Before proceeding with the Process Patterns discussion (see next chapter), I propose a slight detour in order to consider some interesting asides, and to clarify certain contextual matters. The graphic below depicts an interesting problem that the auto industry is faced with.
Eighty percent of the new car delivery process is spent waiting for information! The implication is that better information is required so that quality decisions can be made faster. In other words, in order to improve this process, the DIP must be reduced dramatically. Information technology has a role to play in this effort, but it would be naïve to treat this as an engineering problem. Why is that? Because the critical part of the
problem is almost certainly related to the number of players involved in the process, and the fact that these players happen to be human beings. Human communication is chaotic and expensive. This was the golden insight that Fred Brooks had in The Mythical Man Month when he discovered that adding additional staff to an already late project would make it later.
Human communication is expensive because human beings are messy; random; complex; unpredictable; non-linear; lazy (at times); and, more often than not, totally irrational. Language, as a communications protocol, is one of the most complex technologies on the planet. It is a beast that refuses to be easily tamed. How we communicate and collaborate with each other will need to improve dramatically if we are going to significantly compress the DIP within any non-trivial process.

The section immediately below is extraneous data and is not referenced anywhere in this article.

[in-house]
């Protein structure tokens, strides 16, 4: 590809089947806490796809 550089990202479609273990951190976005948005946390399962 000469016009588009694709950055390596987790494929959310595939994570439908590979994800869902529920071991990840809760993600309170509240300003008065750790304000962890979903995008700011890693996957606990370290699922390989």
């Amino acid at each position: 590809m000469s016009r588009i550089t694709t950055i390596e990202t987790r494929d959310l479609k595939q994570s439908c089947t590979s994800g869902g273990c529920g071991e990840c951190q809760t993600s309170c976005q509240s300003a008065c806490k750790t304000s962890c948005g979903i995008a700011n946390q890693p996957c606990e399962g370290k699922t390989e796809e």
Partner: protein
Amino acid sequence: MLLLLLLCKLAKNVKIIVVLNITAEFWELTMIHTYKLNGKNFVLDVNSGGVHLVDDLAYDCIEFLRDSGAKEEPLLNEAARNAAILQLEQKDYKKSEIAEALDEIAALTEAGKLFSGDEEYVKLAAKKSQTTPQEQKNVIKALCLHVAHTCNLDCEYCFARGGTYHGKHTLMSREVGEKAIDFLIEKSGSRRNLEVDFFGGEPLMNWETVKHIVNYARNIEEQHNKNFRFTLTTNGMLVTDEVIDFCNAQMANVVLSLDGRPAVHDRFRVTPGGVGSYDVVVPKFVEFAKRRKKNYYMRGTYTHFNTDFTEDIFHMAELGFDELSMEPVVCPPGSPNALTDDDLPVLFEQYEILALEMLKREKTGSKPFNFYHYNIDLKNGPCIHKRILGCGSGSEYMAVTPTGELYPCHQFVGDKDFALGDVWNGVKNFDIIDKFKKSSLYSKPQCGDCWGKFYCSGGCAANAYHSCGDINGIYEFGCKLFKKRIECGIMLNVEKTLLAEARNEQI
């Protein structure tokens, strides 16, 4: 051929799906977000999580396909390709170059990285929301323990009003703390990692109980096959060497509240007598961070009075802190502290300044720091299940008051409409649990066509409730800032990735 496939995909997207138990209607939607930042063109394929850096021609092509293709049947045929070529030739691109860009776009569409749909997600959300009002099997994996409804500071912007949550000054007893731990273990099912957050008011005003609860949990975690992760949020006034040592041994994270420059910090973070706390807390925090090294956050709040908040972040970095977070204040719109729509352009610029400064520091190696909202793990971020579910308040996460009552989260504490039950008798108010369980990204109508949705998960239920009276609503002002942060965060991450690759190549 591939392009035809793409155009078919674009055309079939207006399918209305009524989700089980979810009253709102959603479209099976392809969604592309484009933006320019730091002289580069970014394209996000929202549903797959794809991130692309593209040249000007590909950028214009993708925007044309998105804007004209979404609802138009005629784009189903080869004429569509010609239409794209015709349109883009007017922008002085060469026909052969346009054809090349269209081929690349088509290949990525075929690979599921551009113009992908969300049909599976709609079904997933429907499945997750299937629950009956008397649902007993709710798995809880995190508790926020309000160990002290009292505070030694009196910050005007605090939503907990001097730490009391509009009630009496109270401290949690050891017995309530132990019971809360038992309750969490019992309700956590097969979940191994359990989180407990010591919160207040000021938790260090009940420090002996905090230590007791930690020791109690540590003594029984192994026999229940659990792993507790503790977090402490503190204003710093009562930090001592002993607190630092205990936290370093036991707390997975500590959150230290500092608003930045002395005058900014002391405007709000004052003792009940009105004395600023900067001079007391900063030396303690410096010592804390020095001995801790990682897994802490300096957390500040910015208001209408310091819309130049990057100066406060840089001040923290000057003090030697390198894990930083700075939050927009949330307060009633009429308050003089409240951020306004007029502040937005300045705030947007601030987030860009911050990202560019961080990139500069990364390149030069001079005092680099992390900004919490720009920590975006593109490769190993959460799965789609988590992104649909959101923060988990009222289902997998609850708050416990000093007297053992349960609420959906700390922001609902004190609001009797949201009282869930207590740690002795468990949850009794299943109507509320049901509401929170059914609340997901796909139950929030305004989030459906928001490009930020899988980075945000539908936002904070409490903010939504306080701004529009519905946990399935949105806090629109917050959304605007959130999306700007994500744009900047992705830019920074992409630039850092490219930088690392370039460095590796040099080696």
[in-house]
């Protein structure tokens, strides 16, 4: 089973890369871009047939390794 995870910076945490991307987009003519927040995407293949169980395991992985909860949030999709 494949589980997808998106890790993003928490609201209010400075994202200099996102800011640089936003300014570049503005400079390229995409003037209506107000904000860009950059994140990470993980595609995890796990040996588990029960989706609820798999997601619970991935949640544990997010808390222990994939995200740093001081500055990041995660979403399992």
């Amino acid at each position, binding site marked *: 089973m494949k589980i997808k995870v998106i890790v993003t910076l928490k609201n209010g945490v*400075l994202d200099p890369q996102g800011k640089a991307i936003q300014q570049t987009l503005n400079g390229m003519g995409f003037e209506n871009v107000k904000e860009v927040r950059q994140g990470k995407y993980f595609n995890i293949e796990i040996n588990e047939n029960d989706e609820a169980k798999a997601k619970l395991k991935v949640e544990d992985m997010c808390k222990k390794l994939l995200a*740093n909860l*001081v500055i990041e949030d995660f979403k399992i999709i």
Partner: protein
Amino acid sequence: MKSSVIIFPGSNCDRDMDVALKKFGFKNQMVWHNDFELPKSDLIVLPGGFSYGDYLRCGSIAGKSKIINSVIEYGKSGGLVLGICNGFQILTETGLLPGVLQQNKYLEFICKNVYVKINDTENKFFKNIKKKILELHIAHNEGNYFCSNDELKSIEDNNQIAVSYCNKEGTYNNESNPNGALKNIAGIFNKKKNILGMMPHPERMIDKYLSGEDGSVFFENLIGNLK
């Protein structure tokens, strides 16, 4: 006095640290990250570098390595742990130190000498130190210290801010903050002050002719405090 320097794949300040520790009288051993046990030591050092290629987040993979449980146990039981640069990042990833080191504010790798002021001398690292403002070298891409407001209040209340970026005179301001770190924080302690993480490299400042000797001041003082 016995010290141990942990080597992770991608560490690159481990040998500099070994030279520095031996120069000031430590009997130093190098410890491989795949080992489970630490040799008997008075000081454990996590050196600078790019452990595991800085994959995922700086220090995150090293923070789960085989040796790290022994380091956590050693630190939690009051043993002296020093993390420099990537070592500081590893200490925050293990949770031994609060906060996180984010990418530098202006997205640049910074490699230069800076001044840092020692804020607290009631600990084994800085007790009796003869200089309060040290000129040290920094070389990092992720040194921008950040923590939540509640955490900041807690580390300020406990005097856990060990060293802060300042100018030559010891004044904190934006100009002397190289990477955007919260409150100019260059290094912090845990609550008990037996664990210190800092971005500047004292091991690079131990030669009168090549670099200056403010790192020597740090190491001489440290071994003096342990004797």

Heuristics that improve interpersonal communications, within and across business processes, are as much, if not more, a part of the solution as any enabling information technology. The development of Killer Apps (i.e. systems) will necessarily need to include knowledge from a number of different disciplines, including psychology, anthropology, linguistics and biology, to name a few.
Process Patterns aim to improve our ability to communicate about the software development process by illustrating behaviors that have a significant impact on our ability to execute. They are a set of mental models that attempt to provide a common language related to specific problems and issues. If you buy into the premise that human communication and dialog is an important aspect of the software development process, then purchase (and study) Dynamics of Software Development by Jim McCarthy. This book is filled with wonderful anecdotes and profound insights, told from an industry insider’s perspective.